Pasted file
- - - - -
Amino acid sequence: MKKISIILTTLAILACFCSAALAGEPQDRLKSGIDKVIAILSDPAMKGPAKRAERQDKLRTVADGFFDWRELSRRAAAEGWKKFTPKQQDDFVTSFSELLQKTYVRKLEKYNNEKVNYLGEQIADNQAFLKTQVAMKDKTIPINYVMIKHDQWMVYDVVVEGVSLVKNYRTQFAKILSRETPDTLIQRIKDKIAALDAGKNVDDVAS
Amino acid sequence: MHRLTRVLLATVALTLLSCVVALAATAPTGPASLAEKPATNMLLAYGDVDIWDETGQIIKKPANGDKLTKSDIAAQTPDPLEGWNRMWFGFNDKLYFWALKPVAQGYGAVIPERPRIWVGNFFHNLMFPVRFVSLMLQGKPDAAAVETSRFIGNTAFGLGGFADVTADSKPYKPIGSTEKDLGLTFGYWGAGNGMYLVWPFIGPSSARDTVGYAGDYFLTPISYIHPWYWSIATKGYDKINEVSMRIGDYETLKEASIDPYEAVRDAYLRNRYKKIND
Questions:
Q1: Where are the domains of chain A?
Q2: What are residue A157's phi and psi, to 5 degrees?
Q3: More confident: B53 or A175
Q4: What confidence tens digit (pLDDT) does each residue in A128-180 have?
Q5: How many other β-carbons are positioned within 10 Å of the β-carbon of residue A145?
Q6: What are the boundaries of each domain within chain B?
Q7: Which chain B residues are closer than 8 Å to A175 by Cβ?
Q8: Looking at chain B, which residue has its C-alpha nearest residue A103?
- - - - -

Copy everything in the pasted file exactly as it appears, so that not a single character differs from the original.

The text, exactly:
Amino acid sequence: MKKISIILTTLAILACFCSAALAGEPQDRLKSGIDKVIAILSDPAMKGPAKRAERQDKLRTVADGFFDWRELSRRAAAEGWKKFTPKQQDDFVTSFSELLQKTYVRKLEKYNNEKVNYLGEQIADNQAFLKTQVAMKDKTIPINYVMIKHDQWMVYDVVVEGVSLVKNYRTQFAKILSRETPDTLIQRIKDKIAALDAGKNVDDVAS
Amino acid sequence: MHRLTRVLLATVALTLLSCVVALAATAPTGPASLAEKPATNMLLAYGDVDIWDETGQIIKKPANGDKLTKSDIAAQTPDPLEGWNRMWFGFNDKLYFWALKPVAQGYGAVIPERPRIWVGNFFHNLMFPVRFVSLMLQGKPDAAAVETSRFIGNTAFGLGGFADVTADSKPYKPIGSTEKDLGLTFGYWGAGNGMYLVWPFIGPSSARDTVGYAGDYFLTPISYIHPWYWSIATKGYDKINEVSMRIGDYETLKEASIDPYEAVRDAYLRNRYKKIND
Questions:
Q1: Where are the domains of chain A?
Q2: What are residue A157's phi and psi, to 5 degrees?
Q3: More confident: B53 or A175
Q4: What confidence tens digit (pLDDT) does each residue in A128-180 have?
Q5: How many other β-carbons are positioned within 10 Å of the β-carbon of residue A145?
Q6: What are the boundaries of each domain within chain B?
Q7: Which chain B residues are closer than 8 Å to A175 by Cβ?
Q8: Looking at chain B, which residue has its C-alpha nearest residue A103?